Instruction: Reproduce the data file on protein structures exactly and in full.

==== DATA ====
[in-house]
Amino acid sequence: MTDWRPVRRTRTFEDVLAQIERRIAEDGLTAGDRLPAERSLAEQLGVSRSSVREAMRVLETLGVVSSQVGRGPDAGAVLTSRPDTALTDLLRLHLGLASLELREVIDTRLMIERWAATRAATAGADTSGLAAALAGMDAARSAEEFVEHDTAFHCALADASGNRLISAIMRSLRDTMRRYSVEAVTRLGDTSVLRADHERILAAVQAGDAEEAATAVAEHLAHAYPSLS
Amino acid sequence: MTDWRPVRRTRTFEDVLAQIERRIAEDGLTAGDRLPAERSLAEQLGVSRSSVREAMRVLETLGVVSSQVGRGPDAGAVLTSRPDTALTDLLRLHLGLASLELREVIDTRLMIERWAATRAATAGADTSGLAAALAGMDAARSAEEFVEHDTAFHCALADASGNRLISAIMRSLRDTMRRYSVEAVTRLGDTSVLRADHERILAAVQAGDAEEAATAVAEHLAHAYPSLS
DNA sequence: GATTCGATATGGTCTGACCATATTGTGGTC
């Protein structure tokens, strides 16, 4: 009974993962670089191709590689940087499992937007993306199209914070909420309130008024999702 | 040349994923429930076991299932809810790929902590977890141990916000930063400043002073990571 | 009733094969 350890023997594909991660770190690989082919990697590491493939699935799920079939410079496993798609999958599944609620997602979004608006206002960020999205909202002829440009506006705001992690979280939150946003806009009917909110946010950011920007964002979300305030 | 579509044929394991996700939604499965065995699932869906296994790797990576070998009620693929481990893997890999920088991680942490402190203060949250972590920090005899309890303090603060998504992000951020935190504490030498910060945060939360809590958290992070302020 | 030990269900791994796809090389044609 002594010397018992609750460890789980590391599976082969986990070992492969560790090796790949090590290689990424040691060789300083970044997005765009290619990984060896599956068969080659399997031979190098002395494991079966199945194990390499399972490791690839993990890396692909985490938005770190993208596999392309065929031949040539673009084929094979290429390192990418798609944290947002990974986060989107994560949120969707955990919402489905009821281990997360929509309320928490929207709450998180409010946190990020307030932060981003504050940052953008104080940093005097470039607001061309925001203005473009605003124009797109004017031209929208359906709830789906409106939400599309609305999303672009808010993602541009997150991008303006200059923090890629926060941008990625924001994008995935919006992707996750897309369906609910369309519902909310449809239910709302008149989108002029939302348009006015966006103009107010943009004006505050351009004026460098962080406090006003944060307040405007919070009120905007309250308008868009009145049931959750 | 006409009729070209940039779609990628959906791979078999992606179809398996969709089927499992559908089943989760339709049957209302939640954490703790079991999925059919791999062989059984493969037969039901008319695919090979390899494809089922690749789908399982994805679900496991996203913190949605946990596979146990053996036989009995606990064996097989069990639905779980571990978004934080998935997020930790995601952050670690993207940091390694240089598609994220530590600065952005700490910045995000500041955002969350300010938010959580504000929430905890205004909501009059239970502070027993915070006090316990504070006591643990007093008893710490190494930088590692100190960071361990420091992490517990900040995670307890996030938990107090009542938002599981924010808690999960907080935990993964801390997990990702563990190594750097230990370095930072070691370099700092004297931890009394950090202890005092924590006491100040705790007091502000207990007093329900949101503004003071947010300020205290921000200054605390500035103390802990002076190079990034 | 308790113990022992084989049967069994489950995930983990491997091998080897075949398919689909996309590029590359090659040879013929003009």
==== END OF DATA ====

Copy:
[in-house]
Amino acid sequence: MTDWRPVRRTRTFEDVLAQIERRIAEDGLTAGDRLPAERSLAEQLGVSRSSVREAMRVLETLGVVSSQVGRGPDAGAVLTSRPDTALTDLLRLHLGLASLELREVIDTRLMIERWAATRAATAGADTSGLAAALAGMDAARSAEEFVEHDTAFHCALADASGNRLISAIMRSLRDTMRRYSVEAVTRLGDTSVLRADHERILAAVQAGDAEEAATAVAEHLAHAYPSLS
Amino acid sequence: MTDWRPVRRTRTFEDVLAQIERRIAEDGLTAGDRLPAERSLAEQLGVSRSSVREAMRVLETLGVVSSQVGRGPDAGAVLTSRPDTALTDLLRLHLGLASLELREVIDTRLMIERWAATRAATAGADTSGLAAALAGMDAARSAEEFVEHDTAFHCALADASGNRLISAIMRSLRDTMRRYSVEAVTRLGDTSVLRADHERILAAVQAGDAEEAATAVAEHLAHAYPSLS
DNA sequence: GATTCGATATGGTCTGACCATATTGTGGTC
């Protein structure tokens, strides 16, 4: 009974993962670089191709590689940087499992937007993306199209914070909420309130008024999702 | 040349994923429930076991299932809810790929902590977890141990916000930063400043002073990571 | 009733094969 350890023997594909991660770190690989082919990697590491493939699935799920079939410079496993798609999958599944609620997602979004608006206002960020999205909202002829440009506006705001992690979280939150946003806009009917909110946010950011920007964002979300305030 | 579509044929394991996700939604499965065995699932869906296994790797990576070998009620693929481990893997890999920088991680942490402190203060949250972590920090005899309890303090603060998504992000951020935190504490030498910060945060939360809590958290992070302020 | 030990269900791994796809090389044609 002594010397018992609750460890789980590391599976082969986990070992492969560790090796790949090590290689990424040691060789300083970044997005765009290619990984060896599956068969080659399997031979190098002395494991079966199945194990390499399972490791690839993990890396692909985490938005770190993208596999392309065929031949040539673009084929094979290429390192990418798609944290947002990974986060989107994560949120969707955990919402489905009821281990997360929509309320928490929207709450998180409010946190990020307030932060981003504050940052953008104080940093005097470039607001061309925001203005473009605003124009797109004017031209929208359906709830789906409106939400599309609305999303672009808010993602541009997150991008303006200059923090890629926060941008990625924001994008995935919006992707996750897309369906609910369309519902909310449809239910709302008149989108002029939302348009006015966006103009107010943009004006505050351009004026460098962080406090006003944060307040405007919070009120905007309250308008868009009145049931959750 | 006409009729070209940039779609990628959906791979078999992606179809398996969709089927499992559908089943989760339709049957209302939640954490703790079991999925059919791999062989059984493969037969039901008319695919090979390899494809089922690749789908399982994805679900496991996203913190949605946990596979146990053996036989009995606990064996097989069990639905779980571990978004934080998935997020930790995601952050670690993207940091390694240089598609994220530590600065952005700490910045995000500041955002969350300010938010959580504000929430905890205004909501009059239970502070027993915070006090316990504070006591643990007093008893710490190494930088590692100190960071361990420091992490517990900040995670307890996030938990107090009542938002599981924010808690999960907080935990993964801390997990990702563990190594750097230990370095930072070691370099700092004297931890009394950090202890005092924590006491100040705790007091502000207990007093329900949101503004003071947010300020205290921000200054605390500035103390802990002076190079990034 | 308790113990022992084989049967069994489950995930983990491997091998080897075949398919689909996309590029590359090659040879013929003009």